Getty Images
Study:  Years Lived Alone and/or Serial Break-Ups Strongly Linked with Inflammation for Men

It seems men have much to gain from partnered relationships.

Scientists have found that living alone for several years – and/or experiencing serial relationship break-ups – is strongly linked to raised levels of inflammatory markers in the blood—but only in men.

Specifically, they found the highest levels of inflammatory markers were found in those who had experienced the most partnership break-ups—17-percent higher, compared to those in the reference group.

Similarly, levels of inflammation were up to 12-percent higher in the group who had spent the most years living alone (seven or more).

Researchers note that the same was not found among women.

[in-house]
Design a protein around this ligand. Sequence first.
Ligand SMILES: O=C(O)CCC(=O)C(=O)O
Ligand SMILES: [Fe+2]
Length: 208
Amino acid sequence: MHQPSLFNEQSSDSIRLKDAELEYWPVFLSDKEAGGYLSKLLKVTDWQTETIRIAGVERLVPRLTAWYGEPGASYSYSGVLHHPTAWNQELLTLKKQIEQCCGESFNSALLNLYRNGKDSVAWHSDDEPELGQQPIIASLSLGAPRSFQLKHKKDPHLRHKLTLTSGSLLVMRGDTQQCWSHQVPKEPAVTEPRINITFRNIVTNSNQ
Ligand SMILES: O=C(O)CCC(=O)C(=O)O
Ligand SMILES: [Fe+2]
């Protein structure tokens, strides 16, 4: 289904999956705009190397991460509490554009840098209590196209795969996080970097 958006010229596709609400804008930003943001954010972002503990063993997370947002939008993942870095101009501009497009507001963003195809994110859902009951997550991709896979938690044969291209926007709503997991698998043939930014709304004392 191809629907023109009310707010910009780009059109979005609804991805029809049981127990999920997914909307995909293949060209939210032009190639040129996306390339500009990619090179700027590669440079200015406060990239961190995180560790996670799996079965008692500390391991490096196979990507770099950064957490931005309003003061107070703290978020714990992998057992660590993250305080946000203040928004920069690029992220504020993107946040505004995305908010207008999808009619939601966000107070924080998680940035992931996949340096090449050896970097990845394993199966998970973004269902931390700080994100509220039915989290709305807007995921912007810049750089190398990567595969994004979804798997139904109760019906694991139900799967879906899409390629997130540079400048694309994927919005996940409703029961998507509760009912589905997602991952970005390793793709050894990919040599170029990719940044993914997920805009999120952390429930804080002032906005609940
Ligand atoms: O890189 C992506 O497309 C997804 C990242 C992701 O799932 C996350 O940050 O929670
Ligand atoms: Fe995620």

And it could be because men tend to externalize their behavior following a break-up (by drinking, for example), while women tend to internalize and manifest depressive symptoms, which could influence inflammatory levels differently.

Still, the study couldn’t prove that break-ups and/or living alone can increase inflammation in men.

Sniffle out some more, here:  (EurekAlert!)

  • A study finds that men who live alone for years – and/or experience serial break-ups – show higher levels of inflammation in their bodies—the same was not found to apply to women
More about: